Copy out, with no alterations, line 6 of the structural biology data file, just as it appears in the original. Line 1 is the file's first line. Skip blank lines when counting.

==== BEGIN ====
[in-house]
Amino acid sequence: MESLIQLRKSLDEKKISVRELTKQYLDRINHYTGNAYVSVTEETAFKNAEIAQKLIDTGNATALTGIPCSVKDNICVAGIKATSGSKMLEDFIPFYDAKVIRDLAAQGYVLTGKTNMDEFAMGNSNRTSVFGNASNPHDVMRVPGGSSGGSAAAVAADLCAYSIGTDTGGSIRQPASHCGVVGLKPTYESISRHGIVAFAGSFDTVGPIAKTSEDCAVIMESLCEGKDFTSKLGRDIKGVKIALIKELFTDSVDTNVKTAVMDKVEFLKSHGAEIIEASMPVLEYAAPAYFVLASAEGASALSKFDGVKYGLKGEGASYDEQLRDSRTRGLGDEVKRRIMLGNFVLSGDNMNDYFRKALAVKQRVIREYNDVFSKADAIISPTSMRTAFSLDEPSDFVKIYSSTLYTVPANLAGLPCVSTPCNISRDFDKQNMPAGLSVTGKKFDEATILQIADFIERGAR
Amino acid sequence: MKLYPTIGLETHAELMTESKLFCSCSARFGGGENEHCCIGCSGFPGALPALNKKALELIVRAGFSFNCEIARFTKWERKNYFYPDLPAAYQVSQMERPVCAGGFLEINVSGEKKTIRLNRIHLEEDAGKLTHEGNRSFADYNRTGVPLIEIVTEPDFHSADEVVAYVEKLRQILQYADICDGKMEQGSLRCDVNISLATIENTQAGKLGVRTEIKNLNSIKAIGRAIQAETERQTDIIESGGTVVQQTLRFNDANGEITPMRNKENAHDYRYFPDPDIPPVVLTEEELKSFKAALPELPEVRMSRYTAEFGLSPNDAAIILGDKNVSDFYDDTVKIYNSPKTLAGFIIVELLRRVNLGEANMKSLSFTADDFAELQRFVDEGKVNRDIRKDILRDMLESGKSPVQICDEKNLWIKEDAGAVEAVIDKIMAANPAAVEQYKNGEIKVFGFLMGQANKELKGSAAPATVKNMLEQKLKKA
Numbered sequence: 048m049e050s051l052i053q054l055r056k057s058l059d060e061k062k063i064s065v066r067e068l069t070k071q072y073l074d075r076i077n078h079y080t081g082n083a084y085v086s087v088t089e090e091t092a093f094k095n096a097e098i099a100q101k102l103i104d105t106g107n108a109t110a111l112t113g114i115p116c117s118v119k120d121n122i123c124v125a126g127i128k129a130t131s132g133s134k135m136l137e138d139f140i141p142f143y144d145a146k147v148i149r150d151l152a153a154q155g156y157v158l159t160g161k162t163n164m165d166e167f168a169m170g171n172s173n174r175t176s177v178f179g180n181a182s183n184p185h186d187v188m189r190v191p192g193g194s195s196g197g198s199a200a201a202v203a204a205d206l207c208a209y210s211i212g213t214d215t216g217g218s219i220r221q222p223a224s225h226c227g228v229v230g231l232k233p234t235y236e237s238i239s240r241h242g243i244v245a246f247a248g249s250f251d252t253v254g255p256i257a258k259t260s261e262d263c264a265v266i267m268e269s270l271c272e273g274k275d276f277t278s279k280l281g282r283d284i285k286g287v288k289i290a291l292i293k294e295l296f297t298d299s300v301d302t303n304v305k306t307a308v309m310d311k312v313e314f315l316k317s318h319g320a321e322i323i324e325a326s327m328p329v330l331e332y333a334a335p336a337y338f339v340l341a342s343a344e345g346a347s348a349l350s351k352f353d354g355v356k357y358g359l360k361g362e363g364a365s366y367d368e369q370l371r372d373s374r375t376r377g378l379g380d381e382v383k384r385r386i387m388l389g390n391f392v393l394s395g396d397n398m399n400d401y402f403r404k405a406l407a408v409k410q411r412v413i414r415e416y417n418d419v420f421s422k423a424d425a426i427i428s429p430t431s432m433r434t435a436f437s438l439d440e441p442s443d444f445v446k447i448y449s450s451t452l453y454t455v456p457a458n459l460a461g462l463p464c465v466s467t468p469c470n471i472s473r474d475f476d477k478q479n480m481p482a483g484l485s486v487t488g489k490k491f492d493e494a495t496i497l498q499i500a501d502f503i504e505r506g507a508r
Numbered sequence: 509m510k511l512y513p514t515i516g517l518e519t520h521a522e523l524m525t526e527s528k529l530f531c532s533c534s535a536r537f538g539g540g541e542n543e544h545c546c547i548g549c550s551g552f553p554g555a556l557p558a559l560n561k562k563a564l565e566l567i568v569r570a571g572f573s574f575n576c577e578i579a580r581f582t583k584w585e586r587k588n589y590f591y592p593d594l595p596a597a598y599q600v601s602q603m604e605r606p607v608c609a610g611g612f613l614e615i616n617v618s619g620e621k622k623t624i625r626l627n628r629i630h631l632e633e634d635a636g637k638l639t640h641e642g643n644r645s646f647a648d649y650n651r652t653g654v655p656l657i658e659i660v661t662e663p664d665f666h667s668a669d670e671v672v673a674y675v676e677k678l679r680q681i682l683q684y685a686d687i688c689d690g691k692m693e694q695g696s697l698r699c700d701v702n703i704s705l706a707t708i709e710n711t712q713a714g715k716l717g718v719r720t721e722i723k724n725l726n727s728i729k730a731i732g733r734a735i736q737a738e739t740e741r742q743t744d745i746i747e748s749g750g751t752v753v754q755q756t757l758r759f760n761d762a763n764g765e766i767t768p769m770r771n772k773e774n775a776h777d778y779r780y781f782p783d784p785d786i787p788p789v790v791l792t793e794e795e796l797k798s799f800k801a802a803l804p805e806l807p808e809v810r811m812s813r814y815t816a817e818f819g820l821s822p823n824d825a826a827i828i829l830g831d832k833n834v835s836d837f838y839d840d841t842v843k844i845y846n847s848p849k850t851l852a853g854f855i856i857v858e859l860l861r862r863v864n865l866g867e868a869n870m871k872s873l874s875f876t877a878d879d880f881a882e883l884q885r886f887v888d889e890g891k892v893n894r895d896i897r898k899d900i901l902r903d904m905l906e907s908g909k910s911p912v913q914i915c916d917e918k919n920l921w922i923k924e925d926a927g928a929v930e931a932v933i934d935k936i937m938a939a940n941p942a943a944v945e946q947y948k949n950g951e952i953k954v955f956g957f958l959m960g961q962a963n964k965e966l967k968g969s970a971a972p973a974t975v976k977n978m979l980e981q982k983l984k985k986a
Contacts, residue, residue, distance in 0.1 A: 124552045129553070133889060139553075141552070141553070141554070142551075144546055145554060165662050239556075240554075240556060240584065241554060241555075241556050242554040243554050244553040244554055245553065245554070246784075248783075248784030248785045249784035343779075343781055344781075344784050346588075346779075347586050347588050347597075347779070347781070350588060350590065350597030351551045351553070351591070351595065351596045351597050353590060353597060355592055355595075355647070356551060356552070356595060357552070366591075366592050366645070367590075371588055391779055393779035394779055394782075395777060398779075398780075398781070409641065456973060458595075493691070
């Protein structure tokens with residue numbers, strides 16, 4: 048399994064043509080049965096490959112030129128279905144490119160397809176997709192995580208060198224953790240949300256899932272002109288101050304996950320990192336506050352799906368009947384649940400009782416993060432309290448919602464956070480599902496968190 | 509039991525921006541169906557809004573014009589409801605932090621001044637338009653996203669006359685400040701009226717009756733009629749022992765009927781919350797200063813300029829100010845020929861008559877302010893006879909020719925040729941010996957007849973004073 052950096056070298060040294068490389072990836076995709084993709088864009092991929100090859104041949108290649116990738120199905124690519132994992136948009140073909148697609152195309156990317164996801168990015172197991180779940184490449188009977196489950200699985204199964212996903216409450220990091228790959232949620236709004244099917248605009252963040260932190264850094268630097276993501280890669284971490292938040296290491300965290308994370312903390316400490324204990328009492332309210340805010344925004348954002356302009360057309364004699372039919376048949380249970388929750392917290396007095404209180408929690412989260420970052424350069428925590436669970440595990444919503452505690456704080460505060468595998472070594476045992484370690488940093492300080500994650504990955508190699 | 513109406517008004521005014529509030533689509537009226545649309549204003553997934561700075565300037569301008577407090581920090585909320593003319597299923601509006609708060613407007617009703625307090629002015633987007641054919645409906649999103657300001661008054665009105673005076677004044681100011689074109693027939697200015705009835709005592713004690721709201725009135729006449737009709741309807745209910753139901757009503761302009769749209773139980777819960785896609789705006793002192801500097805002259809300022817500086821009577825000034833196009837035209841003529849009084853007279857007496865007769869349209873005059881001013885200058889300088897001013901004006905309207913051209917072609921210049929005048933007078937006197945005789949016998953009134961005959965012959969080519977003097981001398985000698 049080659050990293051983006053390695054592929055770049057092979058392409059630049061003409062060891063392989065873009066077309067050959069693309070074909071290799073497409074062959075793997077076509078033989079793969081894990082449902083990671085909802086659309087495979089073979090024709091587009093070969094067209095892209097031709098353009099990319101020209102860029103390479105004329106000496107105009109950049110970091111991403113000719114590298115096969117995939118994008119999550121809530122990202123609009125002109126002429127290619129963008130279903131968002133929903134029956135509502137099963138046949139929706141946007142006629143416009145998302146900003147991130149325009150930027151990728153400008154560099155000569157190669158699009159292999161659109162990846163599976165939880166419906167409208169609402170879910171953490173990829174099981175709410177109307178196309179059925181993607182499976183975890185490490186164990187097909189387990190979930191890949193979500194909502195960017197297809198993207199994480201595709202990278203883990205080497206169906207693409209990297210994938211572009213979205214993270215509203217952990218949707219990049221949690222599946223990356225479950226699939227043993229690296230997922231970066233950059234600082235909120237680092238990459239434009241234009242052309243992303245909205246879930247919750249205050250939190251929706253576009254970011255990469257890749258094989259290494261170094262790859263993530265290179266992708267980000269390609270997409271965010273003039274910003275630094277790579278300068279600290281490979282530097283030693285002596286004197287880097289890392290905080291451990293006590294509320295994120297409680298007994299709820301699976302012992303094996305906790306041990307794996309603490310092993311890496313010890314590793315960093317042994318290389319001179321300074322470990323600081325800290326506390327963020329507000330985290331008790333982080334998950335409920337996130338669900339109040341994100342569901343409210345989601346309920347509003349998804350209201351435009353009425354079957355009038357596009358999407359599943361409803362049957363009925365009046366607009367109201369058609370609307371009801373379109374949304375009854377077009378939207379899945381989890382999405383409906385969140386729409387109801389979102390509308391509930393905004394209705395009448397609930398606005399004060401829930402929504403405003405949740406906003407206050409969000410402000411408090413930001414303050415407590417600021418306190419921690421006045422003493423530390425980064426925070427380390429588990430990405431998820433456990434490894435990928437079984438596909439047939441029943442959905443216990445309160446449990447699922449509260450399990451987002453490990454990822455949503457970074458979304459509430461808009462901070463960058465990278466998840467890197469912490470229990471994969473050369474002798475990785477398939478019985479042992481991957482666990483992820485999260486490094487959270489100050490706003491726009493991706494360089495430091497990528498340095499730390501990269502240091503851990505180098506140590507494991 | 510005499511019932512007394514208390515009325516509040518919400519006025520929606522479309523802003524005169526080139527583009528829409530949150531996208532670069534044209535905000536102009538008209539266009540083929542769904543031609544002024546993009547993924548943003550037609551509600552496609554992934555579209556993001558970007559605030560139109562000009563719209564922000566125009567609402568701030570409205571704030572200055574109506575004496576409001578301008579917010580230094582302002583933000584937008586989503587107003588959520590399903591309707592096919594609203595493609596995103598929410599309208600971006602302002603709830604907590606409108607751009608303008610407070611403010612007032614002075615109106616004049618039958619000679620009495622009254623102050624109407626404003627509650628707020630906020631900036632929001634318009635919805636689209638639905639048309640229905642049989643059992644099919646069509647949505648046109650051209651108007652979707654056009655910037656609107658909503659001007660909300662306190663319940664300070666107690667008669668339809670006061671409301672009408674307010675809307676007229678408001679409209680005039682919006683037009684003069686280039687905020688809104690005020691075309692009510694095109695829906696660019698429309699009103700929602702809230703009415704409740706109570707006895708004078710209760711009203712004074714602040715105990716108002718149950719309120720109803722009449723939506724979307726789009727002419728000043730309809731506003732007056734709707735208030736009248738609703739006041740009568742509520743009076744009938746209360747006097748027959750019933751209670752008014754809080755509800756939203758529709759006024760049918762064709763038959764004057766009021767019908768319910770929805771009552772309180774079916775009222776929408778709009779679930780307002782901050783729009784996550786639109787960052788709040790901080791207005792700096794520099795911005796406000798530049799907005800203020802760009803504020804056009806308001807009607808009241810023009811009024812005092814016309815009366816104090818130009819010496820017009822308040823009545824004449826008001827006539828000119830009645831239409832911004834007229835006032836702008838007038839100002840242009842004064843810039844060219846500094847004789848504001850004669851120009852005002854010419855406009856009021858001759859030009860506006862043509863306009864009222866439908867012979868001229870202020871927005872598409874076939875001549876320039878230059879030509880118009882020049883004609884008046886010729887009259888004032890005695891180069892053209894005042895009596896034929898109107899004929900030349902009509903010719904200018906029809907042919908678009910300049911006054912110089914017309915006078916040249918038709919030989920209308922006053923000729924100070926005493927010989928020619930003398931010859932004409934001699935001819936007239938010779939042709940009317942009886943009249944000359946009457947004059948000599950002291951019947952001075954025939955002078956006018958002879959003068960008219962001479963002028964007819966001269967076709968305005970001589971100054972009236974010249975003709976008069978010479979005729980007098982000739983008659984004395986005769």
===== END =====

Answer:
Contacts, residue, residue, distance in 0.1 A: 124552045129553070133889060139553075141552070141553070141554070142551075144546055145554060165662050239556075240554075240556060240584065241554060241555075241556050242554040243554050244553040244554055245553065245554070246784075248783075248784030248785045249784035343779075343781055344781075344784050346588075346779075347586050347588050347597075347779070347781070350588060350590065350597030351551045351553070351591070351595065351596045351597050353590060353597060355592055355595075355647070356551060356552070356595060357552070366591075366592050366645070367590075371588055391779055393779035394779055394782075395777060398779075398780075398781070409641065456973060458595075493691070